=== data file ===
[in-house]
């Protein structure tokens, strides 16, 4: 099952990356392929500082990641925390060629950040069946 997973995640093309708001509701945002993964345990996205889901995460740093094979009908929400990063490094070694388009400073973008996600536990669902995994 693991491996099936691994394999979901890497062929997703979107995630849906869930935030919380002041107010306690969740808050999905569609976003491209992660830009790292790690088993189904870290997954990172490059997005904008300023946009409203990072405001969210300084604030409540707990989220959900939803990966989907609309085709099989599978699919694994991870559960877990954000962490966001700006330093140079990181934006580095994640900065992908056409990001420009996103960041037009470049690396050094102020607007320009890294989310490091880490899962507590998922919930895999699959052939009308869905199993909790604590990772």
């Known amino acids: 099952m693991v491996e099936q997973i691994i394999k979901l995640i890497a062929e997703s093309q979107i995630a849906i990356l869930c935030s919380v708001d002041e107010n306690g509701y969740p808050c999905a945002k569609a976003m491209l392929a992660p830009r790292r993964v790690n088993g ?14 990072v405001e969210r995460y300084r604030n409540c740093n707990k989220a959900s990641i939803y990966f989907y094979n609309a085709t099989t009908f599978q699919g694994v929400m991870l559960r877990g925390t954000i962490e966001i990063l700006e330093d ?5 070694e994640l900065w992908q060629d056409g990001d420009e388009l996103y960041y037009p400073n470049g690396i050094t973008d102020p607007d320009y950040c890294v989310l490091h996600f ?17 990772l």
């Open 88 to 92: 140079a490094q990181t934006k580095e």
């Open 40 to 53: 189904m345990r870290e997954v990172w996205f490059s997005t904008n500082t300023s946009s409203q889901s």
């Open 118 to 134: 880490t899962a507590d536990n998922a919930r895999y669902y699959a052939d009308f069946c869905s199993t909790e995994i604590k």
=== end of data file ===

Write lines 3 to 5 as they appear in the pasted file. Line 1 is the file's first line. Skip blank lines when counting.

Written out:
């Known amino acids: 099952m693991v491996e099936q997973i691994i394999k979901l995640i890497a062929e997703s093309q979107i995630a849906i990356l869930c935030s919380v708001d002041e107010n306690g509701y969740p808050c999905a945002k569609a976003m491209l392929a992660p830009r790292r993964v790690n088993g ?14 990072v405001e969210r995460y300084r604030n409540c740093n707990k989220a959900s990641i939803y990966f989907y094979n609309a085709t099989t009908f599978q699919g694994v929400m991870l559960r877990g925390t954000i962490e966001i990063l700006e330093d ?5 070694e994640l900065w992908q060629d056409g990001d420009e388009l996103y960041y037009p400073n470049g690396i050094t973008d102020p607007d320009y950040c890294v989310l490091h996600f ?17 990772l």
């Open 88 to 92: 140079a490094q990181t934006k580095e």
């Open 40 to 53: 189904m345990r870290e997954v990172w996205f490059s997005t904008n500082t300023s946009s409203q889901s």